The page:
*While the APA uses the term "woman" here, this is their language. I have tried to use gender neutral language in this post to reflect the reality that not all people who become pregnant are women, regardless of whether they have a uterus.

(1) The Guttmacher institute's 2008 research stating that 1 in every 3 adult women would have an abortion by age 45 is is restated in the media fairly frequently. But, since that year the overall rate of abortion has slowed, and experts posit that we are likely to see a lower figure come out of the next round of surveys. Source:

Yee Ha Lee, Michelle. (2015, September 25). The 'stale' claim that 1 in 3 women will have an abortion by age 45. The Washington Post. Retrieved from

(2) Major, Brenda, et al. (December 2009). Abortion and mental health: Evaluating the evidence. American Psychologist, 64, 863-890. doi:10.1037/a0017497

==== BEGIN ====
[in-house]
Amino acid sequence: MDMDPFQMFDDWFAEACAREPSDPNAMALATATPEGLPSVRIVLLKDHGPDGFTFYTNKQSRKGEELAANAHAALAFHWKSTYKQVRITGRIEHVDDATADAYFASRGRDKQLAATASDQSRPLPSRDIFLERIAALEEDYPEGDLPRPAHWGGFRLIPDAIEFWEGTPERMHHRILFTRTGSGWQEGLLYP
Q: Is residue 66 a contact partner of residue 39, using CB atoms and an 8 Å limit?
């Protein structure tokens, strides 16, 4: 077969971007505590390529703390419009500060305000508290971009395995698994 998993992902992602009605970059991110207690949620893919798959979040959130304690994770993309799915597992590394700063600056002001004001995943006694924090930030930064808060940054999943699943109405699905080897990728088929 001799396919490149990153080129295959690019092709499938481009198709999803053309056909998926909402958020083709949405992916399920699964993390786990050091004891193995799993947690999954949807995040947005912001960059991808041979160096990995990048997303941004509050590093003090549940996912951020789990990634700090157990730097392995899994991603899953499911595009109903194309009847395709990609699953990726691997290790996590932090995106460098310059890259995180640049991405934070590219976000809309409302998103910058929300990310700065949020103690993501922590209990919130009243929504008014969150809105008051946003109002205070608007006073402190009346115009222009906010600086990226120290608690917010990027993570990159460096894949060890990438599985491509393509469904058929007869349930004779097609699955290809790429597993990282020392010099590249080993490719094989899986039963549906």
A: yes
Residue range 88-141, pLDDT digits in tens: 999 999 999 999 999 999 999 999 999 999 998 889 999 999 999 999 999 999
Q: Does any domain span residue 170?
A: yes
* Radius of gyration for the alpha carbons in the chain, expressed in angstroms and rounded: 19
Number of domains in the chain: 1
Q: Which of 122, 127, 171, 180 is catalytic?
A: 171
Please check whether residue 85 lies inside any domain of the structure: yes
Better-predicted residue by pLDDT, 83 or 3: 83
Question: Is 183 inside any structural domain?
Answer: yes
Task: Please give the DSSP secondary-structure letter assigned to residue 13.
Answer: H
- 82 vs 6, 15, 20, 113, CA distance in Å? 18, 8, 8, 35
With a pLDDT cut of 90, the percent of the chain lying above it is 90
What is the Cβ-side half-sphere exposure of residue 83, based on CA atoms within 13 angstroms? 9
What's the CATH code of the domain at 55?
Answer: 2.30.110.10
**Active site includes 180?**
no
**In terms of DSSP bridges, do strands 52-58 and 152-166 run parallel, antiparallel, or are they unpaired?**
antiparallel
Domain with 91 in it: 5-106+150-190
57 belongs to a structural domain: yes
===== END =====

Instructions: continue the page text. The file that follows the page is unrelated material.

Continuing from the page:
(3) Major, B., Cozzarelli, C., Cooper, M. L., Zubek, J., Richards, C., Wilhite, M., et al. (2000). Psychological responses of women after first-trimester abortion. Archives of General Psychiatry, 57, 777–784.

(4) APA Task Force on Mental Health and Abortion. (2008). Report of the APA Task Force on Mental Health and Abortion. Washington, DC: Author. Retrieved from

(5) Kurtzman, Laura. (2014, December 8). Major complication rate after abortion is extremely low, study shows. Retrieved from